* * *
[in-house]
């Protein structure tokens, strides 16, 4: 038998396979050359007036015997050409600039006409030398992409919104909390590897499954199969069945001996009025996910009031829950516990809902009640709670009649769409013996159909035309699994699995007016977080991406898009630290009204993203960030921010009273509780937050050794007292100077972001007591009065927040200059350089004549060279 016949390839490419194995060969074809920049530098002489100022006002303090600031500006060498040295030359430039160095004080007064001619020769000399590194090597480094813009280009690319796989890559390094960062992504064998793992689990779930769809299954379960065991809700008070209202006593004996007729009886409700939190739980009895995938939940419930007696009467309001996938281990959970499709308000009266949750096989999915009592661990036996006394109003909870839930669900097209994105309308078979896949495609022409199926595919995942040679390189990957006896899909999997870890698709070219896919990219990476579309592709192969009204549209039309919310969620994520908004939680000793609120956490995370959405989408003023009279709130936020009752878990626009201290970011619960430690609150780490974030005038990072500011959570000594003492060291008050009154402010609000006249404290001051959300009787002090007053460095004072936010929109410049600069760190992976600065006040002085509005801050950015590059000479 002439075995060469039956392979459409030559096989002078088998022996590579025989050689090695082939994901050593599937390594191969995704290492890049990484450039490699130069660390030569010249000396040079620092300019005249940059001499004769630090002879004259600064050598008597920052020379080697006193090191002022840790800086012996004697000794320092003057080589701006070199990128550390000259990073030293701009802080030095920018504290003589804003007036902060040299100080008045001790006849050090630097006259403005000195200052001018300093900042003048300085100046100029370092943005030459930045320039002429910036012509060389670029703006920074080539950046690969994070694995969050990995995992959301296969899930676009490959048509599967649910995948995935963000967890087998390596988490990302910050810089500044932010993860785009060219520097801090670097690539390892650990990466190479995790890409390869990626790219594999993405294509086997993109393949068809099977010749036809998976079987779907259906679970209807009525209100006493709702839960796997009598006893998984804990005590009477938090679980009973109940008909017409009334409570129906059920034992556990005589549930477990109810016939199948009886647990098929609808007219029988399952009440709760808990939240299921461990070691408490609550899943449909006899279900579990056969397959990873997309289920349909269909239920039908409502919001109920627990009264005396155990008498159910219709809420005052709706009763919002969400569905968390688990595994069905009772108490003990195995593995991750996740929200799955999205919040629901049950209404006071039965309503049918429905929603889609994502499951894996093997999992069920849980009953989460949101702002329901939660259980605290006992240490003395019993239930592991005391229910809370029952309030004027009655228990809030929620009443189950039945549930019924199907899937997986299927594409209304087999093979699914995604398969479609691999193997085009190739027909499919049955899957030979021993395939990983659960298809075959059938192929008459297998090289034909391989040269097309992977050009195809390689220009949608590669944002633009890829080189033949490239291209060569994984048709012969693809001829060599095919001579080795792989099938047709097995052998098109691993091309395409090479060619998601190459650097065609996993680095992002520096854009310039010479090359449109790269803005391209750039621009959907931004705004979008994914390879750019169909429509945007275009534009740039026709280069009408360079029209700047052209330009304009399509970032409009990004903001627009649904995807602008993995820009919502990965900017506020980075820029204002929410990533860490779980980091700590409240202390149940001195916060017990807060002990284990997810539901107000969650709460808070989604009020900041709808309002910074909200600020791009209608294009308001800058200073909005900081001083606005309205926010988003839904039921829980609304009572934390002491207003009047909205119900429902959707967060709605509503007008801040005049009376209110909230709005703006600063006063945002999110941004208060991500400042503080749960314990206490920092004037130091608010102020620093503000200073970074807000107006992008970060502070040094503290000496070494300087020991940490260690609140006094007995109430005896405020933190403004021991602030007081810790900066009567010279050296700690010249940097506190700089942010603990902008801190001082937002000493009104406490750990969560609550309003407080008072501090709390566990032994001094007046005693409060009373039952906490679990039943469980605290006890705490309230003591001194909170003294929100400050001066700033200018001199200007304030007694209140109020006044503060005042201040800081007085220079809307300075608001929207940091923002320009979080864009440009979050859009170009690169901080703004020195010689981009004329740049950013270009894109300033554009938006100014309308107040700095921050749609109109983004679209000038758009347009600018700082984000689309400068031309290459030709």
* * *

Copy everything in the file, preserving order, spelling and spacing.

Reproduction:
[in-house]
């Protein structure tokens, strides 16, 4: 038998396979050359007036015997050409600039006409030398992409919104909390590897499954199969069945001996009025996910009031829950516990809902009640709670009649769409013996159909035309699994699995007016977080991406898009630290009204993203960030921010009273509780937050050794007292100077972001007591009065927040200059350089004549060279 016949390839490419194995060969074809920049530098002489100022006002303090600031500006060498040295030359430039160095004080007064001619020769000399590194090597480094813009280009690319796989890559390094960062992504064998793992689990779930769809299954379960065991809700008070209202006593004996007729009886409700939190739980009895995938939940419930007696009467309001996938281990959970499709308000009266949750096989999915009592661990036996006394109003909870839930669900097209994105309308078979896949495609022409199926595919995942040679390189990957006896899909999997870890698709070219896919990219990476579309592709192969009204549209039309919310969620994520908004939680000793609120956490995370959405989408003023009279709130936020009752878990626009201290970011619960430690609150780490974030005038990072500011959570000594003492060291008050009154402010609000006249404290001051959300009787002090007053460095004072936010929109410049600069760190992976600065006040002085509005801050950015590059000479 002439075995060469039956392979459409030559096989002078088998022996590579025989050689090695082939994901050593599937390594191969995704290492890049990484450039490699130069660390030569010249000396040079620092300019005249940059001499004769630090002879004259600064050598008597920052020379080697006193090191002022840790800086012996004697000794320092003057080589701006070199990128550390000259990073030293701009802080030095920018504290003589804003007036902060040299100080008045001790006849050090630097006259403005000195200052001018300093900042003048300085100046100029370092943005030459930045320039002429910036012509060389670029703006920074080539950046690969994070694995969050990995995992959301296969899930676009490959048509599967649910995948995935963000967890087998390596988490990302910050810089500044932010993860785009060219520097801090670097690539390892650990990466190479995790890409390869990626790219594999993405294509086997993109393949068809099977010749036809998976079987779907259906679970209807009525209100006493709702839960796997009598006893998984804990005590009477938090679980009973109940008909017409009334409570129906059920034992556990005589549930477990109810016939199948009886647990098929609808007219029988399952009440709760808990939240299921461990070691408490609550899943449909006899279900579990056969397959990873997309289920349909269909239920039908409502919001109920627990009264005396155990008498159910219709809420005052709706009763919002969400569905968390688990595994069905009772108490003990195995593995991750996740929200799955999205919040629901049950209404006071039965309503049918429905929603889609994502499951894996093997999992069920849980009953989460949101702002329901939660259980605290006992240490003395019993239930592991005391229910809370029952309030004027009655228990809030929620009443189950039945549930019924199907899937997986299927594409209304087999093979699914995604398969479609691999193997085009190739027909499919049955899957030979021993395939990983659960298809075959059938192929008459297998090289034909391989040269097309992977050009195809390689220009949608590669944002633009890829080189033949490239291209060569994984048709012969693809001829060599095919001579080795792989099938047709097995052998098109691993091309395409090479060619998601190459650097065609996993680095992002520096854009310039010479090359449109790269803005391209750039621009959907931004705004979008994914390879750019169909429509945007275009534009740039026709280069009408360079029209700047052209330009304009399509970032409009990004903001627009649904995807602008993995820009919502990965900017506020980075820029204002929410990533860490779980980091700590409240202390149940001195916060017990807060002990284990997810539901107000969650709460808070989604009020900041709808309002910074909200600020791009209608294009308001800058200073909005900081001083606005309205926010988003839904039921829980609304009572934390002491207003009047909205119900429902959707967060709605509503007008801040005049009376209110909230709005703006600063006063945002999110941004208060991500400042503080749960314990206490920092004037130091608010102020620093503000200073970074807000107006992008970060502070040094503290000496070494300087020991940490260690609140006094007995109430005896405020933190403004021991602030007081810790900066009567010279050296700690010249940097506190700089942010603990902008801190001082937002000493009104406490750990969560609550309003407080008072501090709390566990032994001094007046005693409060009373039952906490679990039943469980605290006890705490309230003591001194909170003294929100400050001066700033200018001199200007304030007694209140109020006044503060005042201040800081007085220079809307300075608001929207940091923002320009979080864009440009979050859009170009690169901080703004020195010689981009004329740049950013270009894109300033554009938006100014309308107040700095921050749609109109983004679209000038758009347009600018700082984000689309400068031309290459030709």